No. 6 Wisconsin hosts struggling Hoosiers

Wisconsin has been a little bit luckier this season. Coach Bret

Bielema has been a little bit bolder. Now, it’s the sixth-ranked

Badgers who have the rosiest outlook in the Big Ten’s final

month.

While Wisconsin’s players certainly won’t be thinking about a

potential Rose Bowl appearance when they face Indiana on Saturday

at Camp Randall Stadium in Madison, the opportunity awaits.

If Wisconsin (8-1, 4-1 Big Ten), Ohio State (8-1, 4-1) and

Michigan State (9-1, 5-1) all win out, the tiebreaker will be the

school highest in the BCS poll. That’s currently the Badgers at No.

7.

It’s just another charmed scenario in a suspenseful season for

the Badgers, who beat the then-No. 1 Buckeyes the last time they

were at home on Oct. 16 and needed a gutsy fake punt call to escape

Iowa City with a 31-30 win over the Hawkeyes.

Not even a week off and a flat first half at Purdue slowed them

down. Third string running back Montee Ball went for 127 yards and

two second-half touchdowns to rally the Badgers to a 34-13 win.

Wisconsin has even converted five straight fourth downs.

”I can’t determine boldness. I will say this, you don’t call

things you don’t expect to have success,” Bielema said. ”As a

head coach, you don’t want to call a particular game-changing

decision unless you have a pretty good idea it’s going to have

success.”

The Badgers will have their depth tested against the

Hoosiers.

Bielema said he believes all three of his running backs will

play, but both John Clay (right knee) and James White (left knee)

have dealt with sprained ligaments and Ball appears in line to get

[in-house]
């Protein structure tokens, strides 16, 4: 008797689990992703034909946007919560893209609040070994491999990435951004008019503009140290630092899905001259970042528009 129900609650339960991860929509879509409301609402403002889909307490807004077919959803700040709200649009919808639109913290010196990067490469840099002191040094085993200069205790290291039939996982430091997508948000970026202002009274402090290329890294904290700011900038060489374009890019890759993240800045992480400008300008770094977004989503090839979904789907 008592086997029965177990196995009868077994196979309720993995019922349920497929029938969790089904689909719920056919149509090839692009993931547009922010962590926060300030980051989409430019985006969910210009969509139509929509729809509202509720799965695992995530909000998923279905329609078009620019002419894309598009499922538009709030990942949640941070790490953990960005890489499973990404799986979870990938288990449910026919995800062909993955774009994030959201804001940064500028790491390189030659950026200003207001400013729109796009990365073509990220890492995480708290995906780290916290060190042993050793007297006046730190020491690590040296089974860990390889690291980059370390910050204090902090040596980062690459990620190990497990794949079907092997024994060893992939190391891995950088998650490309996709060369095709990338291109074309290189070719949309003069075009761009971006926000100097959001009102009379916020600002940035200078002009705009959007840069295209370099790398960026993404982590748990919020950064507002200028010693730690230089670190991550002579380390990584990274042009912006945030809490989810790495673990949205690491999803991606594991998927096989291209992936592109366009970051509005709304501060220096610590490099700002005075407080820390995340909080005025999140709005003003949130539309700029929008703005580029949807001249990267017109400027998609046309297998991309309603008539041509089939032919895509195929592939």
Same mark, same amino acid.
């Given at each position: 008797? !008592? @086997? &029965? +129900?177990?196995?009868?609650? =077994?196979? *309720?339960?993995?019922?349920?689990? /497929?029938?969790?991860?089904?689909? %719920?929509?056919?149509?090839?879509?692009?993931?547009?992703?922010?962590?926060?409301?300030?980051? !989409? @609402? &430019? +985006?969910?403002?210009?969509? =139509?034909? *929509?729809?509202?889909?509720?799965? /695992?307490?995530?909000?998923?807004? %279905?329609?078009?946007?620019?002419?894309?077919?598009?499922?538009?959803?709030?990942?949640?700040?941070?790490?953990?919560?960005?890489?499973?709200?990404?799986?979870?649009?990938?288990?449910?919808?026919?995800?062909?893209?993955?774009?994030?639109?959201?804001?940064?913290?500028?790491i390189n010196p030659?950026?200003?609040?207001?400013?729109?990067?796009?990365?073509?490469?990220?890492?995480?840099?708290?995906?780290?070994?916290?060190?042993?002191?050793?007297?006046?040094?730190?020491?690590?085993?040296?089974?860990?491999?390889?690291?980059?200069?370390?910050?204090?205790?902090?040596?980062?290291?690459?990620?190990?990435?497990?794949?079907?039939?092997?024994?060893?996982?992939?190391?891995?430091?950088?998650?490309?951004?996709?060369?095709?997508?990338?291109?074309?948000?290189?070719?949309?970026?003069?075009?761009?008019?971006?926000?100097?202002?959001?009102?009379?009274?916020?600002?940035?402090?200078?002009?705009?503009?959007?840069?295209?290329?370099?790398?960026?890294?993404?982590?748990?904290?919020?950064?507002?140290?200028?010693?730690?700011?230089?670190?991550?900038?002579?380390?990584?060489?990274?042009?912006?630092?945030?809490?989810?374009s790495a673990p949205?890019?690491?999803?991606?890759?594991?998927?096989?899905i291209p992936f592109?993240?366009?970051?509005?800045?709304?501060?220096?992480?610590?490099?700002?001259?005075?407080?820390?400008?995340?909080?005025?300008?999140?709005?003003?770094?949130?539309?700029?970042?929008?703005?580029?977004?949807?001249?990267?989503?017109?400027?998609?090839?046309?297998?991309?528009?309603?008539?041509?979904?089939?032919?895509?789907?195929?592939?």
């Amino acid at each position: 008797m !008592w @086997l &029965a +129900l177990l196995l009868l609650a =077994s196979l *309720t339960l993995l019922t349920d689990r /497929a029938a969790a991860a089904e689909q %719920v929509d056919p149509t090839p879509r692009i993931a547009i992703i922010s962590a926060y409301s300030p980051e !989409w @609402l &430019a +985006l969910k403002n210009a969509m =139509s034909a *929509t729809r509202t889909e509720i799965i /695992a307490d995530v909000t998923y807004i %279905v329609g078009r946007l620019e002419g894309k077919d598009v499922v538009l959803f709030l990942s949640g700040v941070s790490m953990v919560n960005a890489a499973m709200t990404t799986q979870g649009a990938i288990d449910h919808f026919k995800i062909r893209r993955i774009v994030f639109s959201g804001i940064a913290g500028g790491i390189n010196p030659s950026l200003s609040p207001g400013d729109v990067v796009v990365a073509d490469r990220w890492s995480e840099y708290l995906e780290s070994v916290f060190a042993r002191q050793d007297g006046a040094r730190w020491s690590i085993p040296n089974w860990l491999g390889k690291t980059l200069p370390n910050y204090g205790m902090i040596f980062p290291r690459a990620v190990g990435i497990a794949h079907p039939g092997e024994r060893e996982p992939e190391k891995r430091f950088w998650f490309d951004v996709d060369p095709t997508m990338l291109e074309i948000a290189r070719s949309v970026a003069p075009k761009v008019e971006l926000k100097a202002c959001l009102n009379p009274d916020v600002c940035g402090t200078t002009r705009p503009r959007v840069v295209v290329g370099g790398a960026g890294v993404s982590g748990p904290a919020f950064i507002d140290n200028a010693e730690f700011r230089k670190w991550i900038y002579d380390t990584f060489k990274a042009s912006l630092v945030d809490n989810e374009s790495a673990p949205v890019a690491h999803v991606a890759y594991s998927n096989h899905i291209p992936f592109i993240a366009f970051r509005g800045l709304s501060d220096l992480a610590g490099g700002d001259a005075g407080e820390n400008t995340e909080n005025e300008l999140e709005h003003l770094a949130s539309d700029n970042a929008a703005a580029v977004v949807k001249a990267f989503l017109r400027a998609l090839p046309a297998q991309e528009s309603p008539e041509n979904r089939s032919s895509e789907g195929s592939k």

the first start of his career.

”I didn’t mean for it to make national news that John may not

play,” Bielema said. ”I think he’ll probably be out there and

it’ll be back to having three guys out there for us on Saturday

that’ll help us have a chance to win.”

Ball is certainly prepared to be the top back, but he’ll also be

running through a shuffled line that’s missing its anchor at

center.

Peter Konz (ankle) is likely out, and Bill Nagy has been taking

reps there this week instead of the left guard John Moffitt.

Bielema said he didn’t want to disrupt multiple positions on his

huge and talented line.

”The coaches always tell us that we should all have a little

swagger to us, and that’s most definitely what I’m going to try,”

Ball said. ”If the line comes out and they play like they did last

week, then everything should unfold itself.”

Everything is unraveling again for Indiana.

The Hoosiers (4-5, 0-5) are long shots to make their first bowl

since 2007 because they need two wins in the final three games even

though they’ll likely be underdogs in each.

After Wisconsin, they play Penn State in a home game they agreed

to move to FedEx Field in Landover, Md., for $3 million and finish

with a trip to in-state rival Purdue.

The Hoosiers also have to deal with confidence concerns after an

18-13 loss to Iowa when top receiver Damarlo Belcher dropped the

go-ahead touchdown pass with 28 seconds left.

Indiana coach Bill Lynch said there’s no magic to turning around

the program.

”If I had the answer we’d fix it. We are close, but we have to

keep banging away at it,” Lynch said. ”We have to keep believing,

keep working and keep preparing.”

The Hoosiers gave Wisconsin a tough game in Bloomington last

year and Wisconsin has struggled recently against spread offenses,

but these Badgers haven’t beaten themselves this year on either

side of the ball outside of a poor performance at Michigan

State.

Wisconsin is committing the nation’s fewest penalties at 3.22 a

game and the three running backs have committed just one fumble in

351 touches.

”We all know what the depth chart is, and we joke about it and

stuff like that, but it’s definitely healthy competition,” Ball

said. ”The line should get the job done, and I won’t let my team

down.”